Video: Jawaun Singletary's highlights West Brook High
Watch a former player of University of Houston defensive line coach A.J. Blum.
I had the opportunity to visit with A.J. Blum of the University of Houston. Many high school coaches have the desire to do what Coach Blum has just accomplished: Make the jump to major D1 college football. In December 2016, he joined the Cougars' program as its defensive line coach following eight seasons as defensive coordinator at Westfield (Houston, Texas)
. Blum makes the jump to the collegiate ranks after 14 years at the high school level, including 13 in the Houston area.1. You just joined the Houston coaching staff in December. How have things been so far?
Things have been great – nonstop is the term I use when people ask "How is it?" There is always work to be done. Every day is an opportunity to learn from some of the best coaches in college football. It is truly an honor to be working for coach (Major) Applewhite. His roots in Texas run deep and to be a part of his staff is something I never would have imagined. I was familiar with the university, but to now be an employee seeing the vision and support of President (Renu) Khator, while being directly related to it is special. To work here, in one of the largest cities in America, and coach the sport I love is an absolute blessing.2. How did you like being on the college coach end of recruiting this January and signing day? And can you tell us what you did during that time?
Being on the college end of recruiting was an eye-opening experience. To go from sitting on one side of the table for the past 14 years (as a high school coach) to the other side put me in a unique situation. Being part of the decision-making process with a lot of my high school athletes gave me the opportunity to weigh the pros/cons with them regarding universities along with the coaches that were recruiting them. Now that I was the actual recruiter, it gave me a different perspective regarding what students were looking for and how it was conveyed. As far as my time during the process, it was nonstop. The process mainly consisted of establishing relationships with committed recruits, along with evaluating and identifying new prospects.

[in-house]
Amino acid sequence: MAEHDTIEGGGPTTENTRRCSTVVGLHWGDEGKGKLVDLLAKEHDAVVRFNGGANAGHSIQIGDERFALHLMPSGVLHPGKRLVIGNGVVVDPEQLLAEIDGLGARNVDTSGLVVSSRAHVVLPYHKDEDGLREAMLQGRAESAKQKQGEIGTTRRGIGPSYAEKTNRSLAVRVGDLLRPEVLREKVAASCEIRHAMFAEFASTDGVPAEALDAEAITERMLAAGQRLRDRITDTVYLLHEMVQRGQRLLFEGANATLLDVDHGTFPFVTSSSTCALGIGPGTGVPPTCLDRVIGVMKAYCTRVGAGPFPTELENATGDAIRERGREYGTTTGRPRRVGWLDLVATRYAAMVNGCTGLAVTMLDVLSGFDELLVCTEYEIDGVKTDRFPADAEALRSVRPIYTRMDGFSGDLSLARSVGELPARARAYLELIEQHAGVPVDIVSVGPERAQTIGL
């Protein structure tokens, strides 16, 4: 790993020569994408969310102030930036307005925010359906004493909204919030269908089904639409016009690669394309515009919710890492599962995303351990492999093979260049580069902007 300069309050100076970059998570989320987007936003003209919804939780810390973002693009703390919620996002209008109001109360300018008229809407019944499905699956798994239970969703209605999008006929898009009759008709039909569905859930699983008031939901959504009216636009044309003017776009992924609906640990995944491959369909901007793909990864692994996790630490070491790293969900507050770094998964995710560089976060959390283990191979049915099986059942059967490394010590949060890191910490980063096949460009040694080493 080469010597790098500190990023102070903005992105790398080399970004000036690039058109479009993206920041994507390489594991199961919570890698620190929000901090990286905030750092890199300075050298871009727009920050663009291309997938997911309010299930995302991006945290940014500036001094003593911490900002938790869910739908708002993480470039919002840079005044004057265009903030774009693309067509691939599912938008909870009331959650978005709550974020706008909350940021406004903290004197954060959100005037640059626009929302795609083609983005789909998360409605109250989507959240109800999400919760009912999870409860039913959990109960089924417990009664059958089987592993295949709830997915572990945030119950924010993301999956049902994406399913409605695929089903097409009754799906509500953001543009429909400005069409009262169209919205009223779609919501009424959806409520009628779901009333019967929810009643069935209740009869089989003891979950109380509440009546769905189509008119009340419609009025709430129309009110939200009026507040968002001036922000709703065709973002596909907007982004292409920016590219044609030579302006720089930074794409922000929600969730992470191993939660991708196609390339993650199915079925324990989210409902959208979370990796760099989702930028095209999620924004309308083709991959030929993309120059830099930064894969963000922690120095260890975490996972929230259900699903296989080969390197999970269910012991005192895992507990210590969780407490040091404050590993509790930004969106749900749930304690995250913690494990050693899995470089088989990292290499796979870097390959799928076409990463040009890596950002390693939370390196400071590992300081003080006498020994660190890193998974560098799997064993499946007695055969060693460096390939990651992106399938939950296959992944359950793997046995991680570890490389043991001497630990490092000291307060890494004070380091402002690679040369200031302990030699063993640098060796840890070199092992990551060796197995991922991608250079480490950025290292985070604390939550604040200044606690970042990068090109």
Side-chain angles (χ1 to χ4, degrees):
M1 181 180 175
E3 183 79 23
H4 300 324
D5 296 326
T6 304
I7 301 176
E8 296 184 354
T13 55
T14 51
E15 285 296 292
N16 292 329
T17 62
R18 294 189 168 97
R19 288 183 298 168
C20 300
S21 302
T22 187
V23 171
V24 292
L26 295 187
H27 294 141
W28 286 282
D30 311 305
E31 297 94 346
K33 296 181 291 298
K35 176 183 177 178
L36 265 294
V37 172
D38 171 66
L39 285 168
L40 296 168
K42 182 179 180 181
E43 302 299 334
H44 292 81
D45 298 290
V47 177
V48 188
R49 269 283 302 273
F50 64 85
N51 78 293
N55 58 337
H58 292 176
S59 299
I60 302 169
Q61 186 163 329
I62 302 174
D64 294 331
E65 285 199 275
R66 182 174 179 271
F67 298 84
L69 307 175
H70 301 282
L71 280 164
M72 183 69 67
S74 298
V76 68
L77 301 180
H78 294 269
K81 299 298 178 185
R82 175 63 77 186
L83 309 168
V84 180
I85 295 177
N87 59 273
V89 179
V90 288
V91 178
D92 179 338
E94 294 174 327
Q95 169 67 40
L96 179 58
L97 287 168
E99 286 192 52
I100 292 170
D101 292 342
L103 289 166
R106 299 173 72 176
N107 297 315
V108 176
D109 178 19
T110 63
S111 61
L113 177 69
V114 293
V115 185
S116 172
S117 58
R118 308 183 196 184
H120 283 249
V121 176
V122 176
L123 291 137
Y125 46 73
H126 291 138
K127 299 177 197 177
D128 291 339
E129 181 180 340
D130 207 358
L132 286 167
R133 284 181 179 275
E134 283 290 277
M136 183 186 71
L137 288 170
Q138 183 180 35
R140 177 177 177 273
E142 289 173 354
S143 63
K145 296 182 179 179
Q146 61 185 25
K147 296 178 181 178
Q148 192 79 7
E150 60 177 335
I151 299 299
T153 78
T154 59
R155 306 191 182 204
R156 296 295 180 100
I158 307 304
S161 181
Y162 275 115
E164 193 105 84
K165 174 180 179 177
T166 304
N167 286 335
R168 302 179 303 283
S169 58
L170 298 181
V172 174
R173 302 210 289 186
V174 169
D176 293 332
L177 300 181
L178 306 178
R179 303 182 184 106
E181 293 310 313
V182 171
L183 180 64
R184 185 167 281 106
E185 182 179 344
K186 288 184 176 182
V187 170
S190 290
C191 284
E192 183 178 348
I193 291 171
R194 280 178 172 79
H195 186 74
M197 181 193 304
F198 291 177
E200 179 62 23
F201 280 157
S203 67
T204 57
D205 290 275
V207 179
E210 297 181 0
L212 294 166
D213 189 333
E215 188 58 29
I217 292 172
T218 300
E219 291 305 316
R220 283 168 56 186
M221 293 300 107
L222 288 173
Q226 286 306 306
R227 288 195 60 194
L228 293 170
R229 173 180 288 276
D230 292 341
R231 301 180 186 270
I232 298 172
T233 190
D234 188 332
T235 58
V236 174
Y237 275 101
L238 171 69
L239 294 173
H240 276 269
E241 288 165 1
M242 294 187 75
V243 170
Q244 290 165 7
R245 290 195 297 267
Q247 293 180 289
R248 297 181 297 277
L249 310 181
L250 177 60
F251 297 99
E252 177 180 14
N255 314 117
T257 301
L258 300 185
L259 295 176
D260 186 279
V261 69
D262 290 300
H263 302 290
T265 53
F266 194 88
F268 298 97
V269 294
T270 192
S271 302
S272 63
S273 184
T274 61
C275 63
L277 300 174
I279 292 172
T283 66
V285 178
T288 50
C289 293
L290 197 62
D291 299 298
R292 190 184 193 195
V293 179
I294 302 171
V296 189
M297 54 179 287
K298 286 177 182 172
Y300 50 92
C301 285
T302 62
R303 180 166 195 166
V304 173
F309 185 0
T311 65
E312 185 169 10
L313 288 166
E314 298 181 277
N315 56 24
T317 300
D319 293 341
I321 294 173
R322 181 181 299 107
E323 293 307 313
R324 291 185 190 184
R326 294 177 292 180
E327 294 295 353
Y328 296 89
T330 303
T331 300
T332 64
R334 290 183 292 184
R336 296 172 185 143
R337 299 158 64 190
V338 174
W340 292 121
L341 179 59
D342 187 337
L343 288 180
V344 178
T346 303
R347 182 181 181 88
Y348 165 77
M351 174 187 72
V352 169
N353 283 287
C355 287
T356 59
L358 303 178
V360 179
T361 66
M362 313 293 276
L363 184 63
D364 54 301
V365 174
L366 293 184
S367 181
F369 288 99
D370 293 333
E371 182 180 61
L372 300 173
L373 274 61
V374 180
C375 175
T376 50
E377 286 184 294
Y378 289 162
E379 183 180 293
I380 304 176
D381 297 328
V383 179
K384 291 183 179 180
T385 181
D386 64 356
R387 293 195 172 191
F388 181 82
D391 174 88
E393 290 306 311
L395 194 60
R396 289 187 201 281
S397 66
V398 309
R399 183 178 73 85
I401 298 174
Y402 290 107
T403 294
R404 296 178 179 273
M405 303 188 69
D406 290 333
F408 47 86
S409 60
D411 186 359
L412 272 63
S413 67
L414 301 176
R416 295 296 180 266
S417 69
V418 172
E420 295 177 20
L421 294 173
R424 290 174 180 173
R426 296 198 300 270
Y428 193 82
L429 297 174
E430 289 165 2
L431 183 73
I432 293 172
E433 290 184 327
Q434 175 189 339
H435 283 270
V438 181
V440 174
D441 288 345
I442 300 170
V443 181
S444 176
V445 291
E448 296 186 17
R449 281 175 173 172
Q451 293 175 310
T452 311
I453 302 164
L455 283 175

3. You spent more than a decade coaching high school football. Did you have a plan to reach the college level?
I think if you ask a majority of coaches at the high school level they'll tell you they want to coach in college. I was no different. I always had aspirations to coach in college, but was realistic at the same time. After making the decision to be a high school football coach, I learned that relationships and body of work would be directly related to any opportunity that transpired. Having worked for a coach that went onto the collegiate ranks, I intended to follow his plan: position coach; coordinator; assistant head coach; and then head coach.4. How did you go about getting a D1 coaching job? What did that process look like?